• completing puzzles (even large 2-piece puzzles were difficult for his hands to coordinate at first); 
  • pouring things from one container to another; 
  • drawing in sand; 
  • modelling with play dough; 
  • plugging things into peg boards; 
  • punching toothpicks to punch out picture outlines; 
  • applying stickers to paper; 
  • making designs on light brite; 
  • etc etc.  
The list is endless as to the kinds and varieties of things that I worked with him on to stimulate those fine motor skills.

He's made such progress:  He can button his own shirts; loves to draw and colour and do crafts; he can use scissors pretty darn well; completes 200 piece puzzles; and competently completes pretty much everything else on the list above.

Maybe the most striking difference is his ability to imitate someone else's drawings or writing; for example, he can now imitate ABC printing if he can copy someone else's letters - he may not yet understand what letter it is or the sound that it makes, but the fact that he can make the lines and shapes in the correct way is huge when it comes to his fine motor skills because previously his brain simply couldn't see the differences between what someone else wrote and what he produced.  Long gone are the days of covering paper after paper with u- and o-shapes.  Here are just a few of his recent successes:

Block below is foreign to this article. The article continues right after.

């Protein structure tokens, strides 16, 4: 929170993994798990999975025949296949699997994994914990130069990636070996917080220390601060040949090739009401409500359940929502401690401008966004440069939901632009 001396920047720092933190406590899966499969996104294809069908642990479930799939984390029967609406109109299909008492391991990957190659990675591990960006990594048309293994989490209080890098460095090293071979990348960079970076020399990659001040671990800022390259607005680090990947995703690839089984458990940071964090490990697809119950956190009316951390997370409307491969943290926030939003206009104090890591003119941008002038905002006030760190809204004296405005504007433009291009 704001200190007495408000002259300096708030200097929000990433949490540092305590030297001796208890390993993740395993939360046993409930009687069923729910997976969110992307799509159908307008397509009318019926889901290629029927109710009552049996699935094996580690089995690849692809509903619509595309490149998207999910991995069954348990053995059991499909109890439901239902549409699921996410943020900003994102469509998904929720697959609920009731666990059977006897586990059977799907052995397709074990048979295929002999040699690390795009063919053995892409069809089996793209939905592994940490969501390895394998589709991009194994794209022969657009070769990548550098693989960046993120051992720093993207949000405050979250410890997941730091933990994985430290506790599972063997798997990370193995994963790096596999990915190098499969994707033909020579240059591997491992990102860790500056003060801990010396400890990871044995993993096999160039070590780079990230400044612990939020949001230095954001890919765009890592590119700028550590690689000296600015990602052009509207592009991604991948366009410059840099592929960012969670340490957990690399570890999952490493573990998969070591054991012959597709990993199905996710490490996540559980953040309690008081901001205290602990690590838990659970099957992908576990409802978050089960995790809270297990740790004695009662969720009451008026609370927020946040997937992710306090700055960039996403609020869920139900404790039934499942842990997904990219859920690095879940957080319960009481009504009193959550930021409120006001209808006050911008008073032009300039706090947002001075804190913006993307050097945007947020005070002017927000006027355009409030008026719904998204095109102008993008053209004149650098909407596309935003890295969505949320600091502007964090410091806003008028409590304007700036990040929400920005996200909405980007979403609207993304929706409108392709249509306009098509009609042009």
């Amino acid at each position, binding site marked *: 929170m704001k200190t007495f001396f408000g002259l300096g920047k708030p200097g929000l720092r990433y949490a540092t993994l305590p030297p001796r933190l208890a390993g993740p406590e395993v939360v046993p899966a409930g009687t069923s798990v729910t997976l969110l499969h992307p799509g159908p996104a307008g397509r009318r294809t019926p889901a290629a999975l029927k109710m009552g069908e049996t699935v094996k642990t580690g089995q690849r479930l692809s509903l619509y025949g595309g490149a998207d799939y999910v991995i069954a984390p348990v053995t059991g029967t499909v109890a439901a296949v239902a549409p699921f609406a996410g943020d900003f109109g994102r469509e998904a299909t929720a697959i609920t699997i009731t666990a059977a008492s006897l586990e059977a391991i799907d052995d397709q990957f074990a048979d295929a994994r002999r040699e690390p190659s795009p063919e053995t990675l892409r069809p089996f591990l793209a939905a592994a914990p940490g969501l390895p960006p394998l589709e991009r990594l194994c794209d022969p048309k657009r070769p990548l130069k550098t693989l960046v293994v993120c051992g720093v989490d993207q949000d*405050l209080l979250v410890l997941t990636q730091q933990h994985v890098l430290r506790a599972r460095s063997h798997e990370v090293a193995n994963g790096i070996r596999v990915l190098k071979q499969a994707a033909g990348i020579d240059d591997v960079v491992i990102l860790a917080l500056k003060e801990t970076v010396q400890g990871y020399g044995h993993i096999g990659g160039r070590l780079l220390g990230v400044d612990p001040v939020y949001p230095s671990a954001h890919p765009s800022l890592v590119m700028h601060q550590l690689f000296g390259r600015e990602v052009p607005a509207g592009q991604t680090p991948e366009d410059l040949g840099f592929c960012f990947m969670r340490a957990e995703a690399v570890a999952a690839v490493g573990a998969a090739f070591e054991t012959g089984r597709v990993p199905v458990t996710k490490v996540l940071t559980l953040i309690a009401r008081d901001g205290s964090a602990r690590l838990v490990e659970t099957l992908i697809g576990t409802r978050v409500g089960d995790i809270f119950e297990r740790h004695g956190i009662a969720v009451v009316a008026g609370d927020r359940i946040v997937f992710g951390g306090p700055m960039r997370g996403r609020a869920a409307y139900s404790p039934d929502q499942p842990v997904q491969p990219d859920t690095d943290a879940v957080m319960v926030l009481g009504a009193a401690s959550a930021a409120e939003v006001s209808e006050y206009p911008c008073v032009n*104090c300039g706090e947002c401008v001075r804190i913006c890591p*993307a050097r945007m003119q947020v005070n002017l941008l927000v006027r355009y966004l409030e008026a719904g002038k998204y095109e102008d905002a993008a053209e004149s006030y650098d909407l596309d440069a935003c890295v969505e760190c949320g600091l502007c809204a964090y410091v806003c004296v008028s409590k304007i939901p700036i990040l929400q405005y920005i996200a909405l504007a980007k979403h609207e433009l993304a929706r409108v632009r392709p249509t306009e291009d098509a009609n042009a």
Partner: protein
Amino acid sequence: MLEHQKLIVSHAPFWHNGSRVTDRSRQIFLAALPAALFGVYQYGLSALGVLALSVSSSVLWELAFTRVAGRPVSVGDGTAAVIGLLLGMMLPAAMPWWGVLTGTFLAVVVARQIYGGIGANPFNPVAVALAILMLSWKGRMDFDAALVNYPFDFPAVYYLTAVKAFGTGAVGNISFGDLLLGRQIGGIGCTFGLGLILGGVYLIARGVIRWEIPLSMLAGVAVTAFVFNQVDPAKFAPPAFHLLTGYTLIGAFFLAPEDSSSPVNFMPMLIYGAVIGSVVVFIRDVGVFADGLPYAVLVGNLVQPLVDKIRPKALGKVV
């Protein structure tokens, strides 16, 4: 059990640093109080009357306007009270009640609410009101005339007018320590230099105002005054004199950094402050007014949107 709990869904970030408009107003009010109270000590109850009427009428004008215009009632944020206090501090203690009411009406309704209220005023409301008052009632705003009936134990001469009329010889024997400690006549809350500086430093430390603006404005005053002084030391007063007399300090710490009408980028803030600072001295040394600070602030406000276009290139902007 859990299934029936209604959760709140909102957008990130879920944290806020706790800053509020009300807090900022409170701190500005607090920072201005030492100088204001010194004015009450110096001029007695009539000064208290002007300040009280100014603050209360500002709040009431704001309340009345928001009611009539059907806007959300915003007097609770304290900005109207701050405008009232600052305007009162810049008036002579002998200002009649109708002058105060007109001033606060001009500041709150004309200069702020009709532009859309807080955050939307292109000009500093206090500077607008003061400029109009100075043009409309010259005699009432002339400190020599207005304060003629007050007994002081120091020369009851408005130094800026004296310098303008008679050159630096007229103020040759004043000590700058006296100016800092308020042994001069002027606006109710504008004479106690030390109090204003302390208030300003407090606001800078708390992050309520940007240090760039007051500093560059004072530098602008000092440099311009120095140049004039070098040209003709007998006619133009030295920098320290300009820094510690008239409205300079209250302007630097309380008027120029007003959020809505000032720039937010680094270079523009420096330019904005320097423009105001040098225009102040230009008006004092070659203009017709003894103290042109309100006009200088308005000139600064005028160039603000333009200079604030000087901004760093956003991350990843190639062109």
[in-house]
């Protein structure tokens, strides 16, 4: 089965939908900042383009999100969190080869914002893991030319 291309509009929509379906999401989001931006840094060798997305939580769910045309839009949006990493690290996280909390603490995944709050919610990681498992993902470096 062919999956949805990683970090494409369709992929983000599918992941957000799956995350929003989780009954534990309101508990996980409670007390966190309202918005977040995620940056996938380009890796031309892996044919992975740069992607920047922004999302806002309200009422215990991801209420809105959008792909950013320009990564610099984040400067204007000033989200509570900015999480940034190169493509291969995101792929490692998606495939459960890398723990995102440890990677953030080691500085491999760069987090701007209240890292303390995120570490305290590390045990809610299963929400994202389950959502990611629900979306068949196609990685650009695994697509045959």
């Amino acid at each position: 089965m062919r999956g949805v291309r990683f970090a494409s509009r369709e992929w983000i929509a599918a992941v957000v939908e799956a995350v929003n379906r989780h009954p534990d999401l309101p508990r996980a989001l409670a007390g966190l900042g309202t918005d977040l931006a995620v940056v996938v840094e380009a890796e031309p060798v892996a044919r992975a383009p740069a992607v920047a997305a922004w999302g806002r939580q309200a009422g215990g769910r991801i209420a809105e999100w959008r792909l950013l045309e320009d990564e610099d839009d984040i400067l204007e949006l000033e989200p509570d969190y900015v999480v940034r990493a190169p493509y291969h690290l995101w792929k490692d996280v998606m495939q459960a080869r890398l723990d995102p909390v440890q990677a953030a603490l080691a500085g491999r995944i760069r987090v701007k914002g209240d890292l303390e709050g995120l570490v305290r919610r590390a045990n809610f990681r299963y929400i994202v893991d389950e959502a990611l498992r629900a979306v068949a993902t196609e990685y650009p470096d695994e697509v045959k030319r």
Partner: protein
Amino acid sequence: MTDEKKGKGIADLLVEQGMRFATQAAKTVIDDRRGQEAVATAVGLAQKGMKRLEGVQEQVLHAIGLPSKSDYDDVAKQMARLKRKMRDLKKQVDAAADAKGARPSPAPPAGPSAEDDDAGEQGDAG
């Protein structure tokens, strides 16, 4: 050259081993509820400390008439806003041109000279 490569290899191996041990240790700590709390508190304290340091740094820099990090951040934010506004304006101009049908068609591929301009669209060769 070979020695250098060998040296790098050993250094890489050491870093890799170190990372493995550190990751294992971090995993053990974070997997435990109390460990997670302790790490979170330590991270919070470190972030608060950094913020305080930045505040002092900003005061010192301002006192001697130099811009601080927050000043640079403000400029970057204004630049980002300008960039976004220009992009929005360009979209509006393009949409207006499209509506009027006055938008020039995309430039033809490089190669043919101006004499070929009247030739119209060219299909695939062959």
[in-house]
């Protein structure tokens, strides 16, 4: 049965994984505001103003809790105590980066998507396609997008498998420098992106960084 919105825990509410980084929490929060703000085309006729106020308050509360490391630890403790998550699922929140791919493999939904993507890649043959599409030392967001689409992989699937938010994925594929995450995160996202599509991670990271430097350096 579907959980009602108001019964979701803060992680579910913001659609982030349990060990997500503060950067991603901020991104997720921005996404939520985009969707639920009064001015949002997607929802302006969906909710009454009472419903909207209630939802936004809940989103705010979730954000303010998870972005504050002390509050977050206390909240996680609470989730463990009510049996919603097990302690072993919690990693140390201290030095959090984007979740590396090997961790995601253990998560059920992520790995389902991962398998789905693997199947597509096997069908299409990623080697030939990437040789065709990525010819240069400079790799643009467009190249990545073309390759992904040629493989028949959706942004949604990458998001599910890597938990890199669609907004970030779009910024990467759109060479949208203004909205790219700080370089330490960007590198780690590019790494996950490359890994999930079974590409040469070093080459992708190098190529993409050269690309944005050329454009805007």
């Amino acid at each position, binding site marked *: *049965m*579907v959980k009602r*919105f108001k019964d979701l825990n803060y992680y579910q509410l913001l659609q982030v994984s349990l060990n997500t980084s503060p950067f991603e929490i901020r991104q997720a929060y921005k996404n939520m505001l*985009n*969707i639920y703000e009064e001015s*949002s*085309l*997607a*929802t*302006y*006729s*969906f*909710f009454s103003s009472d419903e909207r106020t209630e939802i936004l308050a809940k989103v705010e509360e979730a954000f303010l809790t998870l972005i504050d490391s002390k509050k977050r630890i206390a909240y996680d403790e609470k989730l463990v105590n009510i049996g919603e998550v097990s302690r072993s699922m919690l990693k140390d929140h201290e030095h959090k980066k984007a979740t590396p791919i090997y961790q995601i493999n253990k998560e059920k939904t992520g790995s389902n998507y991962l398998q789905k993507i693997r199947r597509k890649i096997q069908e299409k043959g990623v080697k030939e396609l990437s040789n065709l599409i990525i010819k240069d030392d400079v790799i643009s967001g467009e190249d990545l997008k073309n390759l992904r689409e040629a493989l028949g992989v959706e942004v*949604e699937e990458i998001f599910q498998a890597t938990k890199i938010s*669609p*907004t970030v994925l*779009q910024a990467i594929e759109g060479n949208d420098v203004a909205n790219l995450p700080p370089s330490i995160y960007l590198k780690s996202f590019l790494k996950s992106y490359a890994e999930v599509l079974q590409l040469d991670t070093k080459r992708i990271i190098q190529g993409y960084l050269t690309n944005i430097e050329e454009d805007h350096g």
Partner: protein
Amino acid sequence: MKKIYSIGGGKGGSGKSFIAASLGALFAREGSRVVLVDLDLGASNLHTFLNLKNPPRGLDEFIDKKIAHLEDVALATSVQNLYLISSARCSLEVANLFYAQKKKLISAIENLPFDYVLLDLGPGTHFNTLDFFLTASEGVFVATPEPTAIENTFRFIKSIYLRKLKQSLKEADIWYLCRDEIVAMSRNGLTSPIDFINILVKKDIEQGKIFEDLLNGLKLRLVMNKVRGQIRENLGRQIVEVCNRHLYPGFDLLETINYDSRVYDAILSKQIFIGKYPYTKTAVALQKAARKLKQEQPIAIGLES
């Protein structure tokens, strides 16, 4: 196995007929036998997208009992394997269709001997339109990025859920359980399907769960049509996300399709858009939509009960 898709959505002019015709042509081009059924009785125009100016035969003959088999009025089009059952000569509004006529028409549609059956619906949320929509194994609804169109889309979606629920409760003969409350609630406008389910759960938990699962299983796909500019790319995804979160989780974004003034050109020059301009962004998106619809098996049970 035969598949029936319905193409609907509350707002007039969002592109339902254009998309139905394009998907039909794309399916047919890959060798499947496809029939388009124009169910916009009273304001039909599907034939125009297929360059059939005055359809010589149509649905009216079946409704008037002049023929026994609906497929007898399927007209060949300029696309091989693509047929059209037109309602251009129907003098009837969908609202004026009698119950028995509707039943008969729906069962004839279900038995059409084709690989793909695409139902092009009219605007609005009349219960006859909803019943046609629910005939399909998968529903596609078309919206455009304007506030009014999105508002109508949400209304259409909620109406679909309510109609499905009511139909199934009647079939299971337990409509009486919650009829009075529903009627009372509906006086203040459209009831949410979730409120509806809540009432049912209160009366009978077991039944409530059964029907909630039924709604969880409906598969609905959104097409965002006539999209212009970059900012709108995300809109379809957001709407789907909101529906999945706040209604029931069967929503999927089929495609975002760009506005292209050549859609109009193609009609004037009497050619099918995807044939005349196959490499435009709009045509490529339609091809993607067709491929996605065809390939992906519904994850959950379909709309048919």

In preparation for Geoff's birthday at the end of July, Seth asked me to write out the words "HAPPY BIRTHDAY DAD" and "I HOPE YOU HAVE A FUN DAY" and then painstakingly and methodically copied those letters (without understanding them) onto a paper and homemade envelope for his Dad.  He was very proud to give them to Geoff.

Similarly for my Dad's birthday, Seth asked me to write out "HAPPY BIRTHDAY GRANDPA" so that he could copy it...look at the delight on his face as he presents his card and picture to his beloved Grandpa.

Two weeks ago, he drew pictures of our family and put their initials (and, in my case, the word "MOM") above each person/character.  I'm not sure why he drew himself and me as cats (lol), and why he made his Dad look like a pig, but I think these pictures are pretty remarkable given what he was (not) able to do just months ago.